Escaping your ‘new normal’

OK, this is actually rocket science, but try not to dwell on that

This week I got my first email about making arrangements for the autumn semester’s teaching. Luckily, it was for the institution I’m about to leave, rather than the one I’m about to join, so I could put it in my new and exciting email folder: “not my problem”.

But most of us aren’t that fortunate – we’ll all on a hamster-wheel of some kind, running to stand still, future commitments racing towards us alongside a bunch of deadlines.

All of which makes it hard to stop and take stock of our L&T practice.

Of the (very few) benefits of the pandemic, the ‘opportunity’ to reconsider what we do with our students was perhaps completely undermined by the associated factor of ‘you’re getting no cues on what is either possible or allowed’. Fun times.

But we have navigated that huge change, and in many cases produced learning environments that work really well. Just in time to see a possible shift once again, back into the classroom.

If you’d like an institutionalised take on this, you might try the UK’s Office for Students’ recent report Gravity Assist (plus this critique from WonkHE), that essentially argues we should be trying to retain the new good stuff, rather than just going back to the Olden Days.

That’s all nice, at a sector- or institutional-level, but what about you and me, as individuals? How do we go about that?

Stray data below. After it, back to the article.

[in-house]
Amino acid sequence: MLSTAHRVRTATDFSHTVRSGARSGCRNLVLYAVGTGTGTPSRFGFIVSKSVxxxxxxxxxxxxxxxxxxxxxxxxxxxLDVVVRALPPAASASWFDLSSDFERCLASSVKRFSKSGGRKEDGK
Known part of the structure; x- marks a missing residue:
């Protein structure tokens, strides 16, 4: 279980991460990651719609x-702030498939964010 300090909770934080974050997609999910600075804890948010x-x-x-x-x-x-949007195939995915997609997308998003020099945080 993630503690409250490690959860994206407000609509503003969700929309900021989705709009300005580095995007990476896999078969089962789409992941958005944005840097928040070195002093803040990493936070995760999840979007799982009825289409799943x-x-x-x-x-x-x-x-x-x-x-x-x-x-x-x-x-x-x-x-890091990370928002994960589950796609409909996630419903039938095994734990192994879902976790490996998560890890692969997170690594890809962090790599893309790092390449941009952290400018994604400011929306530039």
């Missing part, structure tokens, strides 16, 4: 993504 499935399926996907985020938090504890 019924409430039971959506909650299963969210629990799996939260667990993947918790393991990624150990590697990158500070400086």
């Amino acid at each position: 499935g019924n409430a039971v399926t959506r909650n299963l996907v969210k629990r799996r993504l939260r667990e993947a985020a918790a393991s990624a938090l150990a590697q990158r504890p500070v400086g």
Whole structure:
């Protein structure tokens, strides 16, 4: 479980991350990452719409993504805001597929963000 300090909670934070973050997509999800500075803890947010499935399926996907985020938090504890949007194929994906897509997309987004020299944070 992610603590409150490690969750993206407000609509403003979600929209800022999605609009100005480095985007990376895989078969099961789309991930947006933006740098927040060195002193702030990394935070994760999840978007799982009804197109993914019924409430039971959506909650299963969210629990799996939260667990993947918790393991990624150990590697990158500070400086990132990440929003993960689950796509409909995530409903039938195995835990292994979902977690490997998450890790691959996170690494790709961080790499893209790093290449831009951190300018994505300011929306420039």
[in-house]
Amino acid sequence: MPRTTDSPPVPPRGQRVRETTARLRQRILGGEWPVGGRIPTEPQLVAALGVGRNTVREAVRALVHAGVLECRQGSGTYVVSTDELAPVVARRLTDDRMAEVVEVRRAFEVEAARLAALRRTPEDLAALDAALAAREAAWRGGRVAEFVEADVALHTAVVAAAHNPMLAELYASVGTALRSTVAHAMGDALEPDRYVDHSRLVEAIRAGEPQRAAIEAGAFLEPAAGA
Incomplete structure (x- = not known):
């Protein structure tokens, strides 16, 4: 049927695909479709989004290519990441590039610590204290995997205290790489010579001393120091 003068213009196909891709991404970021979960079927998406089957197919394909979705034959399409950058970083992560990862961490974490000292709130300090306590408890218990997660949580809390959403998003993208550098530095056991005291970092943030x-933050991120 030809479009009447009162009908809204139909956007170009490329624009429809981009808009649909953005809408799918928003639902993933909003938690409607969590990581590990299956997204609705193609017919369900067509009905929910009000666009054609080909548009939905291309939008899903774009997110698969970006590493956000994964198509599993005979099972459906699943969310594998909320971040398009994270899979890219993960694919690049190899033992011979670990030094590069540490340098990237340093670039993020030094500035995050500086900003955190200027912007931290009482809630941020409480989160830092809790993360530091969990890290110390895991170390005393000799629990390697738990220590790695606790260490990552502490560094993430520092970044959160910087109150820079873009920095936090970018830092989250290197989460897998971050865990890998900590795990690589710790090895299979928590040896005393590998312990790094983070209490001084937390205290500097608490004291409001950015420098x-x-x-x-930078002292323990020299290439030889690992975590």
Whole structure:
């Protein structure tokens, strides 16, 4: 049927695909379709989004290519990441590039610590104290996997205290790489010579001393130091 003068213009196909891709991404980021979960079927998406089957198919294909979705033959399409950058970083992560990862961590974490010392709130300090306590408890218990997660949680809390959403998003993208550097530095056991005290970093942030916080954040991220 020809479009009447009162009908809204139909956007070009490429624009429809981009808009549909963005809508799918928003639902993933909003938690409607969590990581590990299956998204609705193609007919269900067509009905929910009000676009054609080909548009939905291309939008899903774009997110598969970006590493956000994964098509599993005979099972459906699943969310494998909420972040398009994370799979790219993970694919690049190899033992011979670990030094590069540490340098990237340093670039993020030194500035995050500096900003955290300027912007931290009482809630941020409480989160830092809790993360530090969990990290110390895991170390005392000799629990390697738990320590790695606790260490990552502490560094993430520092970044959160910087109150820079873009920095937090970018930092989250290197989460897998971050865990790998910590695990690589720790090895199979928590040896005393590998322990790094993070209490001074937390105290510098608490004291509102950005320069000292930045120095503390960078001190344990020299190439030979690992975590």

The issue strikes me as being primarily one of path dependency: you’ve reworking your teaching a lot during this past year, so you probably only want to tinker around the edges, rather than doing a wholesale reworking MkII.

That might be appropriate in some cases, but equally not in others: without the space to devote to some big thinking, it’s hard to tell. Changing jobs is one solution – especially if your new employer doesn’t do teaching in any way like your old one – but it’d be good if we didn’t introduce any more precarity into it all.

Instead, we have to try to keep the matter in hand as much as possible.

It has been striking how the profusion of interest in L&T during 2020 seems to have fallen back: the excellent PSA webinar series (recordings very recommended) have – in my anecdotal opinion – returned to the ‘usual suspects’ in the audience. It’s a great bunch of people, but that moment of broad professional interest in L&T has not been sustained, most likely because most people got through their crisis and got their head back down.

But pedagogy is just like research: it requires a constant discussion and challenging of ideas and approaches. Indeed, the tempo of the former is perhaps more pressing, given the sustained rapidity of producing outputs.

All of which is to say that we need to try to maintain an active culture of discussion and debate around our teaching. The more we can do that, the easier it will be to manage this transition, and the next and all the other changes that will be coming down the line.

Not very cheery, but perhaps more realistic.